1   116:    61 05           cpc r22, r1
1   118:    71 05           cpc r23, r1
2   11a:    d1 f5           brne    .+116       ; 0x190 <loop+0xaa>
6 total

// From here on is the "IF" section - skipped by the BRNE above
-   11c:    0e 94 f5 04     call    0x9ea   ; 0x9ea <micros>
-   120:    c0 90 3e 01     lds r12, 0x013E ; 0x80013e <__data_end>
-   124:    d0 90 3f 01     lds r13, 0x013F ; 0x80013f <__data_end+0x1>
-   128:    e0 90 40 01     lds r14, 0x0140 ; 0x800140 <__data_end+0x2>
-   12c:    f0 90 41 01     lds r15, 0x0141 ; 0x800141 <__data_end+0x3>
-   130:    6c 19           sub r22, r12
-   132:    7d 09           sbc r23, r13
-   134:    8e 09           sbc r24, r14
-   136:    9f 09           sbc r25, r15
-   138:    0e 94 68 06     call    0xcd0   ; 0xcd0 <__floatunsisf>
-   13c:    6b 01           movw    r12, r22
-   13e:    7c 01           movw    r14, r24
-   140:    60 91 44 01     lds r22, 0x0144 ; 0x800144 <counter>
-   144:    70 91 45 01     lds r23, 0x0145 ; 0x800145 <counter+0x1>
-   148:    80 91 46 01     lds r24, 0x0146 ; 0x800146 <counter+0x2>
-   14c:    90 91 47 01     lds r25, 0x0147 ; 0x800147 <counter+0x3>
-   150:    0e 94 6a 06     call    0xcd4   ; 0xcd4 <__floatsisf>
-   154:    9b 01           movw    r18, r22
-   156:    ac 01           movw    r20, r24
-   158:    c7 01           movw    r24, r14
-   15a:    b6 01           movw    r22, r12
-   15c:    0e 94 c7 05     call    0xb8e   ; 0xb8e <__divsf3>
-   160:    ab 01           movw    r20, r22
-   162:    bc 01           movw    r22, r24
-   164:    22 e0           ldi r18, 0x02   ; 2
-   166:    30 e0           ldi r19, 0x00   ; 0
-   168:    88 e4           ldi r24, 0x48   ; 72
-   16a:    91 e0           ldi r25, 0x01   ; 1
-   16c:    0e 94 a9 04     call    0x952   ; 0x952 <_ZN5Print5printEdi>
-   170:    60 e0           ldi r22, 0x00   ; 0
-   172:    71 e0           ldi r23, 0x01   ; 1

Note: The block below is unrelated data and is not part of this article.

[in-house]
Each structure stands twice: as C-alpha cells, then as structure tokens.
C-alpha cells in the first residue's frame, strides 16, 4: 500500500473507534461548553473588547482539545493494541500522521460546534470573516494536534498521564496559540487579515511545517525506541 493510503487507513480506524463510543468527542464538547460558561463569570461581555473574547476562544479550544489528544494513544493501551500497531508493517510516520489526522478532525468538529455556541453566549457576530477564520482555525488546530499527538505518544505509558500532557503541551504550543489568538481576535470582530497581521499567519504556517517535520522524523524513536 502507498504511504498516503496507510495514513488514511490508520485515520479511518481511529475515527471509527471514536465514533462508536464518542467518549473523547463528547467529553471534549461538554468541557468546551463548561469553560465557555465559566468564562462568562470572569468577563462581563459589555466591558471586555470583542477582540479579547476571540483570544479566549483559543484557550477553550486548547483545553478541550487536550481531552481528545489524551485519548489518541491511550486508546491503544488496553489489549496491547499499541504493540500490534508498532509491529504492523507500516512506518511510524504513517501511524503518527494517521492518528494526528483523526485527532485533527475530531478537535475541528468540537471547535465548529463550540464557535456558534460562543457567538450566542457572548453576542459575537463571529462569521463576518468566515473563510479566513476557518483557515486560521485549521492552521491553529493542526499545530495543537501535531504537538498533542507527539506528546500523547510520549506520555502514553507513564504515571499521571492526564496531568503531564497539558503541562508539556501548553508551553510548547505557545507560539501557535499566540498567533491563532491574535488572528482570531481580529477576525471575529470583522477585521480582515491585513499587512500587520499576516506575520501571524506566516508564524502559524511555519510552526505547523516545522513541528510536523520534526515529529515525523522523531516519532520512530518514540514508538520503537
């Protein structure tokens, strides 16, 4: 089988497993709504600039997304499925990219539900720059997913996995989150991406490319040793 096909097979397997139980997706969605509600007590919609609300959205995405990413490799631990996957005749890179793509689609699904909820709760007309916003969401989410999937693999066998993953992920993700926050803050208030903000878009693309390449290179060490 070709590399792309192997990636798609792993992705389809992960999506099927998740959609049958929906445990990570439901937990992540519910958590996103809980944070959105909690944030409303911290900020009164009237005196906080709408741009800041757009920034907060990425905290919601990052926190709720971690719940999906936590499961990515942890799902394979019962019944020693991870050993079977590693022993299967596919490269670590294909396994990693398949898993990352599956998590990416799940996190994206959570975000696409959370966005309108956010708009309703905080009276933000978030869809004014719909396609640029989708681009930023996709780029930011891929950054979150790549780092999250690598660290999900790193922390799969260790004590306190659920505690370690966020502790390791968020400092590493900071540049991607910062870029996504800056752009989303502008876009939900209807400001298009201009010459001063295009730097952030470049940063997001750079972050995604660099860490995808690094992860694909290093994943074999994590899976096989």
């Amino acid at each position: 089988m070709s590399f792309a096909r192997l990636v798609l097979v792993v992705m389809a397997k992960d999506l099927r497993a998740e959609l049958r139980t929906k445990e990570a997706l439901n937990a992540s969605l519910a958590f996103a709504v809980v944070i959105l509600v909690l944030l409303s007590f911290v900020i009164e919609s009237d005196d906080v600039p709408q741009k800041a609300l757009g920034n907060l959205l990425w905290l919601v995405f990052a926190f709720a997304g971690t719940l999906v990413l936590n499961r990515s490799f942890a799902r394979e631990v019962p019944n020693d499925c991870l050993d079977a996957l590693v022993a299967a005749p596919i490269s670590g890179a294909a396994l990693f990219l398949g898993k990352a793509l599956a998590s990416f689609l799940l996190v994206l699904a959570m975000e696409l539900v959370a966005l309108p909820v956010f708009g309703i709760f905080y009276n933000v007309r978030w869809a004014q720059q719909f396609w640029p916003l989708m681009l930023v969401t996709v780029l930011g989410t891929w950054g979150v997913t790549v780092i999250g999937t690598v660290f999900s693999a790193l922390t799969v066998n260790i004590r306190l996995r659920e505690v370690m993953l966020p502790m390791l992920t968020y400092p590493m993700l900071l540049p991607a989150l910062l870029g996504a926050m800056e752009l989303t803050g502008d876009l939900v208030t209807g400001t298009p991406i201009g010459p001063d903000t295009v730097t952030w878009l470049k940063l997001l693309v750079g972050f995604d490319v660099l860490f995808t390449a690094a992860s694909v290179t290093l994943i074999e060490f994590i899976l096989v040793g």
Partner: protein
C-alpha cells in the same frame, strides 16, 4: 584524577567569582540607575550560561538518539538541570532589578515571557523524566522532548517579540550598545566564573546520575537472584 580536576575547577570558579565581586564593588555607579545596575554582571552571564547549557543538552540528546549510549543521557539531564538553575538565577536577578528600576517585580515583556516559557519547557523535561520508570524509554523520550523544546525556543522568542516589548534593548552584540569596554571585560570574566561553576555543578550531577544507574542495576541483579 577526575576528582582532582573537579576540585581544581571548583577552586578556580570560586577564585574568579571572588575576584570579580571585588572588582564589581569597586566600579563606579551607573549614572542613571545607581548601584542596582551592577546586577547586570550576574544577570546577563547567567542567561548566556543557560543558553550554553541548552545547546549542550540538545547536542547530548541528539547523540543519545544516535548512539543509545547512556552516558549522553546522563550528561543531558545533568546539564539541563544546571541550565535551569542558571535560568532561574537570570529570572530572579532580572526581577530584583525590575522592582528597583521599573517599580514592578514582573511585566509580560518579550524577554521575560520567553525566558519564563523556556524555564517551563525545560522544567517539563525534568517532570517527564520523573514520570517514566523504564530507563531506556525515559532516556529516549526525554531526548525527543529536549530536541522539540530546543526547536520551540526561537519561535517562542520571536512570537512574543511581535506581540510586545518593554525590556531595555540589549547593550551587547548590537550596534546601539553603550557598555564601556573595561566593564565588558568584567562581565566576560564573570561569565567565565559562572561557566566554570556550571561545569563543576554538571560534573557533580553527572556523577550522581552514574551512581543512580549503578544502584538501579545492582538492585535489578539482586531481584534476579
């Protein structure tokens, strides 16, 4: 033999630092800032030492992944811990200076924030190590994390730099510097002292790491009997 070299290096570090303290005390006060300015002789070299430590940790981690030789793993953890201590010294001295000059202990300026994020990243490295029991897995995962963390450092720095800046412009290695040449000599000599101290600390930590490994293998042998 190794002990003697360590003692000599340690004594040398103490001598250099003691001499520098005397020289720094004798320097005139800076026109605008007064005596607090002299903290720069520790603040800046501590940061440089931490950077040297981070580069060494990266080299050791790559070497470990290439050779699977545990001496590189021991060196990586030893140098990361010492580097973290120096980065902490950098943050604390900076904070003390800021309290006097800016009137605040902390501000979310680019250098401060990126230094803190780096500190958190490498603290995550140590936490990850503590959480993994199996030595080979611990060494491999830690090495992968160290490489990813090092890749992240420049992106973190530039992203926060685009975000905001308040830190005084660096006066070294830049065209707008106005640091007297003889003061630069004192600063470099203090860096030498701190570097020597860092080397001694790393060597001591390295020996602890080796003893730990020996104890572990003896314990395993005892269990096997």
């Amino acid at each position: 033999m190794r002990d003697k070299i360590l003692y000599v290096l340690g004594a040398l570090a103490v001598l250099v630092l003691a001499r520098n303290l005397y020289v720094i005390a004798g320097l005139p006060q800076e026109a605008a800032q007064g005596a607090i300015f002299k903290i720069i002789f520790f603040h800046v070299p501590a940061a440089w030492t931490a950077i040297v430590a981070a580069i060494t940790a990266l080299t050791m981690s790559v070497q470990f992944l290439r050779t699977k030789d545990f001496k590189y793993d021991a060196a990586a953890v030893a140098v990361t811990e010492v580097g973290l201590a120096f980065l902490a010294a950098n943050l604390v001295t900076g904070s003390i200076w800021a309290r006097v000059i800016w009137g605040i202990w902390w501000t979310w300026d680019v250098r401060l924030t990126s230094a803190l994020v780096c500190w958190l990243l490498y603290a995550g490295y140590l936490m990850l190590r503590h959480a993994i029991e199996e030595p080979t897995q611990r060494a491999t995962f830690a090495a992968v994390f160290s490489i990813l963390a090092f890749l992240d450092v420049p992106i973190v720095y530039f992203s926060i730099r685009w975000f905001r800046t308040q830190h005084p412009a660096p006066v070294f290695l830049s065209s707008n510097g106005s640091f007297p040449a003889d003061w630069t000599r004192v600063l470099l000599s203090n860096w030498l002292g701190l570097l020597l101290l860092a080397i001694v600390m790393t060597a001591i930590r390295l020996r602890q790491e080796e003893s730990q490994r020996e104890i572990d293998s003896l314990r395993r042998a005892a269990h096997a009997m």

-   174:    88 e4           ldi r24, 0x48   ; 72
-   176:    91 e0           ldi r25, 0x01   ; 1
-   178:    0e 94 0b 03     call    0x616   ; 0x616 <_ZN5Print7printlnEPKc>
-   17c:    60 91 42 01     lds r22, 0x0142 ; 0x800142 <sum>
-   180:    70 91 43 01     lds r23, 0x0143 ; 0x800143 <sum+0x1>
-   184:    4a e0           ldi r20, 0x0A   ; 10
-   186:    50 e0           ldi r21, 0x00   ; 0
-   188:    88 e4           ldi r24, 0x48   ; 72
-   18a:    91 e0           ldi r25, 0x01   ; 1
-   18c:    0e 94 b0 03     call    0x760   ; 0x760 <_ZN5Print7printlnEii>

// All this is just counter++
2   190:    80 91 44 01     lds r24, 0x0144 ; 0x800144 <counter>
2   194:    90 91 45 01     lds r25, 0x0145 ; 0x800145 <counter+0x1>
2   198:    a0 91 46 01     lds r26, 0x0146 ; 0x800146 <counter+0x2>
2   19c:    b0 91 47 01     lds r27, 0x0147 ; 0x800147 <counter+0x3>
2   1a0:    01 96           adiw    r24, 0x01   ; 1
1   1a2:    a1 1d           adc r26, r1
1   1a4:    b1 1d           adc r27, r1
2   1a6:    80 93 44 01     sts 0x0144, r24 ; 0x800144 <counter>
2   1aa:    90 93 45 01     sts 0x0145, r25 ; 0x800145 <counter+0x1>
2   1ae:    a0 93 46 01     sts 0x0146, r26 ; 0x800146 <counter+0x2>
2   1b2:    b0 93 47 01     sts 0x0147, r27 ; 0x800147 <counter+0x3>